Kit sought refuge at Willow House, an establishment ran by her former governess, after experiencing some terrible events. Her beloved sister Anne was not even in the grave before her brother-in-law forced himself on her and she was compelled to retaliate. Ashamed at what took place at Willow House, between her and the mysterious gentleman, she flees, taking employment launching two girls on their first season. However, Martin finds Kit, rescuing her from the violent Earl Rutledge, who is seeking revenge. Attracted to Kit and wishing to protect her Martin offers marriage, although he fears that his clandestine activities could endanger her.

The England that Martin has returned to has changed. The  introduction of machinery threatens workers’ livelihoods and poor harvests and an economic recession have led to  discontent, riots and marches.  The couple travel to the Midlands, where Martin goes undercover, posing as a Frenchman with reformist tendencies. His task is to infiltrate the rebels to ascertain the extent their activities are stirred up by agents provocateurs, employed by those in government who wish to justify further repressive legislation. However, as Kit innocently strolls through the countryside with her sketch book, is she safe from the lust of a vengeful man or the powder keg of social unrest which could explode any moment?  Also can she trust her  husband who will not divulge his secrets and the reason for his absences?

I adored Martin, who has been knighted for his services to the crown. He is brave, intelligent and resourceful and devoted to Kit. I also liked the fact that he is a very passionate individual, who cannot keep his hands off his new wife. He is however, tortured by tragic events in his past,  prompting him to keep the truth about his true activities a secret from Kit , creating danger and tension in the plot and their relationship.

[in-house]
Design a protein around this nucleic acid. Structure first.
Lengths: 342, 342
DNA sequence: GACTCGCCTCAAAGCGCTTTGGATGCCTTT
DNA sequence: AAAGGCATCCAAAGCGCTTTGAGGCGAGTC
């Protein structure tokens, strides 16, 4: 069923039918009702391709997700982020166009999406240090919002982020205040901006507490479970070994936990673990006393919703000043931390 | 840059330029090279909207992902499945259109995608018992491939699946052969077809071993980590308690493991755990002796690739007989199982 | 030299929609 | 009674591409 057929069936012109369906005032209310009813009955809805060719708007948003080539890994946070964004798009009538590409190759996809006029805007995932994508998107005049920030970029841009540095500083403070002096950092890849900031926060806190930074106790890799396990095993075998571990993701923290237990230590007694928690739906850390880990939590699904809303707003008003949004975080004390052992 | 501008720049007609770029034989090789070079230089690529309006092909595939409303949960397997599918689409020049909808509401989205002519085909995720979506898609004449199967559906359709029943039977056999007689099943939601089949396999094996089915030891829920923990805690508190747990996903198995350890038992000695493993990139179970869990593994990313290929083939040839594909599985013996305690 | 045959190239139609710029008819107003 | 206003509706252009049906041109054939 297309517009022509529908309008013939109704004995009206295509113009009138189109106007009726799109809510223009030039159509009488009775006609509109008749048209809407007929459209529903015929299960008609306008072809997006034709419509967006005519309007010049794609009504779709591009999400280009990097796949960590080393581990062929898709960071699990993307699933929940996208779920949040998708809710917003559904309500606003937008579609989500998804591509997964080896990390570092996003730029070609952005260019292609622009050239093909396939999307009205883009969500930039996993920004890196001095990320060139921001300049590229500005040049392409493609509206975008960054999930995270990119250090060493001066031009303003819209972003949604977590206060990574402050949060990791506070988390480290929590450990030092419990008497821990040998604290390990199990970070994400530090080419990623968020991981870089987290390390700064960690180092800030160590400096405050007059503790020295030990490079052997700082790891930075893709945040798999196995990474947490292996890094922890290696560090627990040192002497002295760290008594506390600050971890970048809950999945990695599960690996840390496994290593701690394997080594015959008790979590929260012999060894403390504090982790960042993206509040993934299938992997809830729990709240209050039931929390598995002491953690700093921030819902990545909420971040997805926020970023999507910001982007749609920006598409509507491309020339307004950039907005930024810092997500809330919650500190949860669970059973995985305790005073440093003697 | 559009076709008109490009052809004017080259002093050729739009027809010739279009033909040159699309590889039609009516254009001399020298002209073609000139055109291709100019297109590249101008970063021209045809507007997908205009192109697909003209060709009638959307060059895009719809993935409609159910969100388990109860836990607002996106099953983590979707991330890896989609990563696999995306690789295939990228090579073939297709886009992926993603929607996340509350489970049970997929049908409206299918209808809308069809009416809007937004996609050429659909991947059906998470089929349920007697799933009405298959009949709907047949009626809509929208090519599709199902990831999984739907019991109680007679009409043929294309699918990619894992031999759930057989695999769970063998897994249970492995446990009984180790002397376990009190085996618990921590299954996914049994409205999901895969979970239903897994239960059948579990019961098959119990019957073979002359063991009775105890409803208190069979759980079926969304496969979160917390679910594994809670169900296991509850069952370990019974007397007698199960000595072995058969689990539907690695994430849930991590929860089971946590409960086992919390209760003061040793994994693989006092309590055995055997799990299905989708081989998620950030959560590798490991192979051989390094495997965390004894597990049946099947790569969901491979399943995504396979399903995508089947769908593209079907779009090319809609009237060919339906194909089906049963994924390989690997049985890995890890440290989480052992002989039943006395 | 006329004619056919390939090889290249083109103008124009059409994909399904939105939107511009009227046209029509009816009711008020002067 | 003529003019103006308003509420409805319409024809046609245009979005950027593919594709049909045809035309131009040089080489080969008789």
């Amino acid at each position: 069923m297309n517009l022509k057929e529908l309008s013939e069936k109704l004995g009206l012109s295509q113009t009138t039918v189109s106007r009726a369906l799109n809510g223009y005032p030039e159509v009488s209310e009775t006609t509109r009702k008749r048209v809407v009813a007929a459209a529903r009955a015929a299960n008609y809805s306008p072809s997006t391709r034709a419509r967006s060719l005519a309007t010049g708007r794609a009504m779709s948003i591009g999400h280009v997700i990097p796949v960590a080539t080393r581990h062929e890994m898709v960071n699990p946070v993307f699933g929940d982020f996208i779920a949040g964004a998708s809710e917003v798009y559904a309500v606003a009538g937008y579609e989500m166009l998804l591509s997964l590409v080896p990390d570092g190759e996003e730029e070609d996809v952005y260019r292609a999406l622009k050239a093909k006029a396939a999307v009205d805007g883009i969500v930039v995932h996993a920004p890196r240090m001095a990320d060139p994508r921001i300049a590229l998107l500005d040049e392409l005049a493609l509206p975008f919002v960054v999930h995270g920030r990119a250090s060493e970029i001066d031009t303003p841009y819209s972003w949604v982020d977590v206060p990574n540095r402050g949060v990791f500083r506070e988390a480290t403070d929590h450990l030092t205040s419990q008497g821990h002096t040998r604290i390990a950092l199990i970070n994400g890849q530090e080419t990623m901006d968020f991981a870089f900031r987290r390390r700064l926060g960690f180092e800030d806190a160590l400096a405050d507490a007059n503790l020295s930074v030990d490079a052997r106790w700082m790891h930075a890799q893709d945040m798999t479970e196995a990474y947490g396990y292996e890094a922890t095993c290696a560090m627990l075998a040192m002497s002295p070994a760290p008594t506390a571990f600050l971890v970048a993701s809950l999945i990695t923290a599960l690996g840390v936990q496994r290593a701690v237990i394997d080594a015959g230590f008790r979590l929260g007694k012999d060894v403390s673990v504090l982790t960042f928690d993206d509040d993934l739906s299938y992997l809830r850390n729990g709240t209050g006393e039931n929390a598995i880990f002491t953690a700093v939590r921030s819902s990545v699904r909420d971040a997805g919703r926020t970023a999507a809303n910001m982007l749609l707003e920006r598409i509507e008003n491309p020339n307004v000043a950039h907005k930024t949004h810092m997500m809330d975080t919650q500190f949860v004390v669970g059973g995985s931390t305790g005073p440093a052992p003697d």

Kit is the type of heroine I love to root for. She has experienced much sadness and on the death of her father, she and her sister were both left destitute due to his gambling debts.  Kit was married off to a much older man, who died soon after their marriage, leaving her no option but to live with her sister and her husband, the sadistic Earl Rutledge, who  lusts after her. She is tired of being controlled by others, as she is a strong and independent individual by nature, who also empathises with the plight of others. However, she cannot resist losing her heart to Martin! Indeed, I loved the tender yet passionate lovemaking between the couple. The scene where they come together for the first time is very sensual and the author maintains this level of intensity in their relationship, with numerous romantic encounters. The love story is artfully balanced with the danger and intrigue in the plot.